Because your husband is not French, you should be applying for a Carte de séjour "de membre de la famille d'un citoyen de l'Union/EEE/Suisse".
It's not clear to me why they would care about the proof of your whereabouts, but there is a requirement to apply for the card within 90 days of your arrival in France. If you apply after 90 days, the cost rises from €25 to €340. If you apply within 90 days but they drag their feet, the cost should remain €25, so, because you moved in October and applied in October, you should be paying the lower fee. There is no other penalty for a late application; in particular, you cannot be deported.
We traveled inside Europe from the time we arrived in the summer of 2015 until we moved into our new house in France in October of 2016 (15 months). I did not secure a residency permit anywhere, because we were staying with friends and didn't really have a permanent residence. Perhaps I should have applied for the CDS when we signed for the house in January 2016, even though we really weren't staying in France for extended periods. Just trying to find out if it's going be surmountable after all this time.
Yes, it will be surmountable. As mentioned, the only real question is whether to charge you €25 or €340. I do not know exactly what criteria they would use to assert that you owe the higher fee, however. If you were never in France for more than 90 days, then they probably cannot charge the higher fee. If you were in France for more than 90 days, uninterrupted, before filing your application, then they certainly can charge you the higher fee. If you were in France for more than 90 days, and then left, and then moved to France, they might argue that the higher fee is due, and although I doubt that this would stand up in court, the cost of a court battle is not justified by the €315 difference.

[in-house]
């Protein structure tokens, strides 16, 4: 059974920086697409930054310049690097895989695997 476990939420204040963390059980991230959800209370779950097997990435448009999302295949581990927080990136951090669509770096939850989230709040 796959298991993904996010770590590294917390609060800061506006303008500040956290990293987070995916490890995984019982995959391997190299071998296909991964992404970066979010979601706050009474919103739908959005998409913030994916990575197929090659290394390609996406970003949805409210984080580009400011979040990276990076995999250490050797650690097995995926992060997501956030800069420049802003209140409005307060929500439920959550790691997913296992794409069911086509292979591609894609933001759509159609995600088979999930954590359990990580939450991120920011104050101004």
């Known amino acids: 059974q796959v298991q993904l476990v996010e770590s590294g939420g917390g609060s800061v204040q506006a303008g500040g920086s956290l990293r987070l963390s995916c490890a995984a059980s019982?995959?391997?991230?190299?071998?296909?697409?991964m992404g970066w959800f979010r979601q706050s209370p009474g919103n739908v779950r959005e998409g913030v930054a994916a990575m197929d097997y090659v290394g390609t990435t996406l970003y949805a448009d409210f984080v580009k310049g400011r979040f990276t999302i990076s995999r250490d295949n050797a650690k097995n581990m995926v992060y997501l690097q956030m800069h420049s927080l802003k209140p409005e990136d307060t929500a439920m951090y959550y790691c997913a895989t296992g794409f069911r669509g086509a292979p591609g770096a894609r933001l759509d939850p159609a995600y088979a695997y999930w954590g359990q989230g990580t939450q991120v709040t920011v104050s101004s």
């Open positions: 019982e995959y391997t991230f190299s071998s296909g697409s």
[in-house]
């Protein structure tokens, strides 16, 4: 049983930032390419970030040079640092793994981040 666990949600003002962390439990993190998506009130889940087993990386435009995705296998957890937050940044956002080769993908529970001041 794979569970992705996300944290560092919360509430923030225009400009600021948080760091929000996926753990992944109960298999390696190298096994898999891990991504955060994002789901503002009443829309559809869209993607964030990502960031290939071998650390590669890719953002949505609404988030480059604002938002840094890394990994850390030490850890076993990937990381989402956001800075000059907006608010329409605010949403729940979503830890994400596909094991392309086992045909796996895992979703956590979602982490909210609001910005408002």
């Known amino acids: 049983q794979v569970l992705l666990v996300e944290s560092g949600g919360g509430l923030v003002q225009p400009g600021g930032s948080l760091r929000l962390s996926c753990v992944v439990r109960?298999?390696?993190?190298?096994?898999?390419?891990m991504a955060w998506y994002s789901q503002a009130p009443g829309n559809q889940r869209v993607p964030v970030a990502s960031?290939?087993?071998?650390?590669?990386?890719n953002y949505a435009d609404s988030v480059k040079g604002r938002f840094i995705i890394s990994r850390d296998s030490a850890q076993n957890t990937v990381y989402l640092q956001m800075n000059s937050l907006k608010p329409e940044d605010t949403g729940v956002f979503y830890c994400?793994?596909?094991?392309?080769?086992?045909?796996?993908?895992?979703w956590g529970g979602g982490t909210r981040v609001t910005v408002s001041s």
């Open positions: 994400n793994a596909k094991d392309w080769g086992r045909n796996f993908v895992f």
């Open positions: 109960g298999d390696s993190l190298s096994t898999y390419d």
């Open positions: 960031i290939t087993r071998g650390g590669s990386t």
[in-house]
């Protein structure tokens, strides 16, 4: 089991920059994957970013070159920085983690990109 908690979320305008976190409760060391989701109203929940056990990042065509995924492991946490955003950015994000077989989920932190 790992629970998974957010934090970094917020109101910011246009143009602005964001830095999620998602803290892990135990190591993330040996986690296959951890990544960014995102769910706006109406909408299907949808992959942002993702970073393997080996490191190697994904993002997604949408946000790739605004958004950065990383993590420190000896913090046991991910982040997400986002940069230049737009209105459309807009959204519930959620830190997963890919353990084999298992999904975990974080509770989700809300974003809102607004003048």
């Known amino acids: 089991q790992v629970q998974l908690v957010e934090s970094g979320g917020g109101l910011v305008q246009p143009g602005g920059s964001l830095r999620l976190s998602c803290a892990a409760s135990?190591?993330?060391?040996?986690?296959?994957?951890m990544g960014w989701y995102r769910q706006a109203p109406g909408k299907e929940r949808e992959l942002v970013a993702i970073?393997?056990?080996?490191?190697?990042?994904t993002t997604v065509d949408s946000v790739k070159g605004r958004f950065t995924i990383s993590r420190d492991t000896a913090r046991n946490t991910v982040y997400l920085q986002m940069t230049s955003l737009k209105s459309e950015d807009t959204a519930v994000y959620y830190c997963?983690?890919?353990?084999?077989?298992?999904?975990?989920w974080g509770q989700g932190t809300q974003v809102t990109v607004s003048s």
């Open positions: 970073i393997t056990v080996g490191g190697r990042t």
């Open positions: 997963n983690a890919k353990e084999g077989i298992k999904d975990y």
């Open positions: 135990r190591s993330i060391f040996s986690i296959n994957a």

The 90 day period is triggered by your arrival in France, not your purchase of property. If you were based in France for your 15-month travels in Europe, then you should arguably have applied for the card then; a short trip away from France would generally be held not to interrupt your period of residence. On the other hand, if you were in France for just a few days, but spent most of your time in Germany or indeed anywhere else in the world, it would be difficult to argue that you had established yourself in France at that point or that your period of residence should be said to have started then. In any event, their interest in your whereabouts seems consistent with an inquiry into whether to charge the higher fee, but whether that is the real reason or not is still unclear.
It seems, however, that your major worry is whether they can deny the carte de séjour altogether. In general, they cannot.
More precisely, they can deny it only on very limited grounds, which almost certainly do not apply. The grounds are:
- Your husband is not an EU citizen
- Your marriage to your husband is not valid
- You and your husband, as "economically inactive" people, are not able to support yourselves
- You or your husband are a danger to public health
- You or your husband are a danger to public safety
- Your or your husband's presence in France is contrary to public policy
The third item, being able to support yourselves, is only necessary for the first five years; after that time, you gain a right of permanent residence in France.